Project Lowbucks 1978 Yamaha YZ250, Part 3

Jul. 08, 2014 By Rick Sieman
Here’s what we ended up with after full day of cleaning. Looks pretty good here, but it sure didn’t start out like that.

The first few steps of our newest Project Lowbucks story (Part 1, Part 2) were pretty much straightforward. We took things apart, saw what we had, figured out what needed to be replaced, and did a deeper strip of the parts.

It was right around then that we noticed this was the filthiest bike we had ever worked on in our life. There was a coating of grease and dirt on the frame rails underneath the engine that almost defied imagination. Further inspection revealed crud all over the frame and swingarm, which was at times almost an eighth inch thick in places.

This demanded a deep clean before we could even think about painting the frame and the swingarm. Luckily, we had a parts washer nearby. With the aid of a wire brush and about an hour of scrubbing, we were able to get most of the crud off.

But closer inspection revealed a whole lot of stuff left to remove before we could even think about painting. Every place there was a knuckle or joint on the frame, dirt was packed in. It was necessary to get in there and pry the dirt out with a screwdriver.  Even then, there was still so much crud on the frame that we had to resort to a number of techniques to get it clean.

So follow along as we take on the crud factor.

This is quite possibly the filthiest frame we’ve ever worked on.  The rails under the engine were coated with a layer of crud that was truly amazing.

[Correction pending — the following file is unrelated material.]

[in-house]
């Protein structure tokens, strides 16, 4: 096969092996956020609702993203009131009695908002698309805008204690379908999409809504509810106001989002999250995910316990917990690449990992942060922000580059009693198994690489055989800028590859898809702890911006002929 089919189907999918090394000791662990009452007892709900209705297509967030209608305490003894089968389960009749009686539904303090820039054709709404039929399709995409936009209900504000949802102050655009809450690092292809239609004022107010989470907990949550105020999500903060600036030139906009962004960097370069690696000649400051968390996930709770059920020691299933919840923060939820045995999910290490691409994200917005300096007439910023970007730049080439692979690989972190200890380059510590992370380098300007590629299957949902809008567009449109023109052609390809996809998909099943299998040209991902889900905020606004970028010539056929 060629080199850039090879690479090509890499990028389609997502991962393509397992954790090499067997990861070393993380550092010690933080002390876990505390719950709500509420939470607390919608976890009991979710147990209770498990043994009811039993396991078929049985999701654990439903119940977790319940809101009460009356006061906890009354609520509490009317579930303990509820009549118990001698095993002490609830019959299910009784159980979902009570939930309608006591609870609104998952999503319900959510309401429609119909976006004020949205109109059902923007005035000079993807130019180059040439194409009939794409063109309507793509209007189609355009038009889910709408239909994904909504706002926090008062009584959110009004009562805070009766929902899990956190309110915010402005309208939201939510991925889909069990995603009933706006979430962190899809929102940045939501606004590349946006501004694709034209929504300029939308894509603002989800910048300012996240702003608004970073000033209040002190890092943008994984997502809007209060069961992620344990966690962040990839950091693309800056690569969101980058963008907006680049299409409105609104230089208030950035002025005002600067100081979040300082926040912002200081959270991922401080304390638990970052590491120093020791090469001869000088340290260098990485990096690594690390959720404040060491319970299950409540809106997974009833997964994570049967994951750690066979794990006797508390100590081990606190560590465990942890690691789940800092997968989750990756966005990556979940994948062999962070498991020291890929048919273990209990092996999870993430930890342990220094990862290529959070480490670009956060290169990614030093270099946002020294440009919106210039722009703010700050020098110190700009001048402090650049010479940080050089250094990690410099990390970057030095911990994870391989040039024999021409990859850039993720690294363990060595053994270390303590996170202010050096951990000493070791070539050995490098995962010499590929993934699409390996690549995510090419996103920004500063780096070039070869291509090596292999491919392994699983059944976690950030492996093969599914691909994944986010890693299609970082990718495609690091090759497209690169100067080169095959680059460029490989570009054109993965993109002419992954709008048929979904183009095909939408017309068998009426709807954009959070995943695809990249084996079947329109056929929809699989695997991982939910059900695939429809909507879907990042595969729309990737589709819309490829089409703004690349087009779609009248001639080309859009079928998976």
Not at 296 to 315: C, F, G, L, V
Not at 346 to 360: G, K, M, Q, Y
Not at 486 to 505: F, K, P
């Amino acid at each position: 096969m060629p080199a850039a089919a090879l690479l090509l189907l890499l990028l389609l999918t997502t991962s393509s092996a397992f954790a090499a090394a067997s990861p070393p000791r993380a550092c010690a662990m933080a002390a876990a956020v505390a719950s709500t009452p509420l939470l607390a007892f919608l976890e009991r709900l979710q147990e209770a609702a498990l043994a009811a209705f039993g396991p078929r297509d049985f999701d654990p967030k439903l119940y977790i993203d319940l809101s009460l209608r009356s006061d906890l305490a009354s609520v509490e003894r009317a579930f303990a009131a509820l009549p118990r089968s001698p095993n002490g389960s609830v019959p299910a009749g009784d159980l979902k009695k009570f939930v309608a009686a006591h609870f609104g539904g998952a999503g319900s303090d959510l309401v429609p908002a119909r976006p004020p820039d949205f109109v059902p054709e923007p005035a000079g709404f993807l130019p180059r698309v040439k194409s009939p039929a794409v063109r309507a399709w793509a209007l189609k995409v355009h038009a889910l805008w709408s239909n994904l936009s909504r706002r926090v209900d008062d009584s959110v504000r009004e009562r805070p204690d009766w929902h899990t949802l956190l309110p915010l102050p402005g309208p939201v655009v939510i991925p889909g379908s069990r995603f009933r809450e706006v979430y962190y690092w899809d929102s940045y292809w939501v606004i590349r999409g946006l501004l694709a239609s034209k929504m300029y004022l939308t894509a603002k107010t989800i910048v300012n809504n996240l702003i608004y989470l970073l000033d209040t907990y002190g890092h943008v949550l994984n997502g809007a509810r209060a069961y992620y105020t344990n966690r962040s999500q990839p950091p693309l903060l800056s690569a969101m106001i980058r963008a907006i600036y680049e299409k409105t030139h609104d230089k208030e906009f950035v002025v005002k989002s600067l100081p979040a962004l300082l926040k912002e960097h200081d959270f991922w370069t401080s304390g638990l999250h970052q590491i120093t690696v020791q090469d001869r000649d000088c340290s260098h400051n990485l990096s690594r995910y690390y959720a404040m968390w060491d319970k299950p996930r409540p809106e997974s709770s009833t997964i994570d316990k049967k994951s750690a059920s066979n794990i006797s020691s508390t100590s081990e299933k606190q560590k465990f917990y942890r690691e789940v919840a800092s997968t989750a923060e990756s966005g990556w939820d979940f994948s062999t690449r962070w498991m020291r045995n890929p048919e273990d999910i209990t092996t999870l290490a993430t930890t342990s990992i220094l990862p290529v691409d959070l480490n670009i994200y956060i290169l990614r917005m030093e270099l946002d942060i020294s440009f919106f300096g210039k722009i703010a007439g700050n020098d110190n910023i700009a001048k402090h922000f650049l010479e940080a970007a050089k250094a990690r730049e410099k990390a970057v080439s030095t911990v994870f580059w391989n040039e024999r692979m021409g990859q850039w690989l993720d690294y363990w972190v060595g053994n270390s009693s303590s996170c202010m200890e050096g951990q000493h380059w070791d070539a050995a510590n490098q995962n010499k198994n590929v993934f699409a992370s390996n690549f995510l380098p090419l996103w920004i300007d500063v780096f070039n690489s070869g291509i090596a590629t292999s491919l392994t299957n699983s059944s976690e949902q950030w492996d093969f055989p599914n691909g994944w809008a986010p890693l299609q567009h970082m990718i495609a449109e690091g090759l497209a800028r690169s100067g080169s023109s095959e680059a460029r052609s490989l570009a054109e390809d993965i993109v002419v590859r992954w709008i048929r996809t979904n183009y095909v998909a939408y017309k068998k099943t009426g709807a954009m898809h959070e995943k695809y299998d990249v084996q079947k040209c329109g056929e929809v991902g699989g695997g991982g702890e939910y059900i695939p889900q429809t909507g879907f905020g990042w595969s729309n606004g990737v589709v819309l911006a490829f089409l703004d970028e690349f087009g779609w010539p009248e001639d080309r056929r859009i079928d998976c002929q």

We put the frame in our parts washer and tried to break down the crud with a liberal dousing of diesel fuel and parts degreaser.

A wire brush was very helpful in getting much of the crud loose.

When we removed the frame from the parts washer, it was worlds better but still not ready for painting.

We resorted to some time proven stuff to assist us in the cleaning.  At Walmart, for less than two bucks a can, we got this carb and air intake spray that worked wonders.

Liberal applications of the spray helped get most of frame rails clean. It took four cans to get the job done.

The main part of the frame housed the monoshock, and it still had more than its share of hardened muck on it.

A very stiff-bristled brush helped us get most of the hardened muck on the swingarm free.

The chain guide and protector were removed get to all the impacted dirt free.

A fresh coat or two of aluminum paint had the swingarm looking like brand new.

Back on the mainframe tube, we tried peeling the hardened crud off with a single-edge razor blade.  It worked okay but was not perfect.

We finally resorted to a wire brush in a drill to get the hardened debris off.

Before any paint was applied, we masked the bits and pieces that we wanted to keep clean, such as the spark plug cable and the wiring connections.

To make sure that everything was nice and clean, we gave it one last blast of the carb spray from Walmart.

Take a look at our results! The frame looks like brand new.

The tail section of the frame got the same attention to detail as the major components.

Even those previously miserable looking frame rails under the engine shone like new.

A huge amount of time was spent cleaning and painting this area.

A job well done! What started out as the filthiest bike we’ve ever seen is well on its way to becoming a keeper.

Here’s a shift-side view of the now clean frame and swingarm. Newsletter
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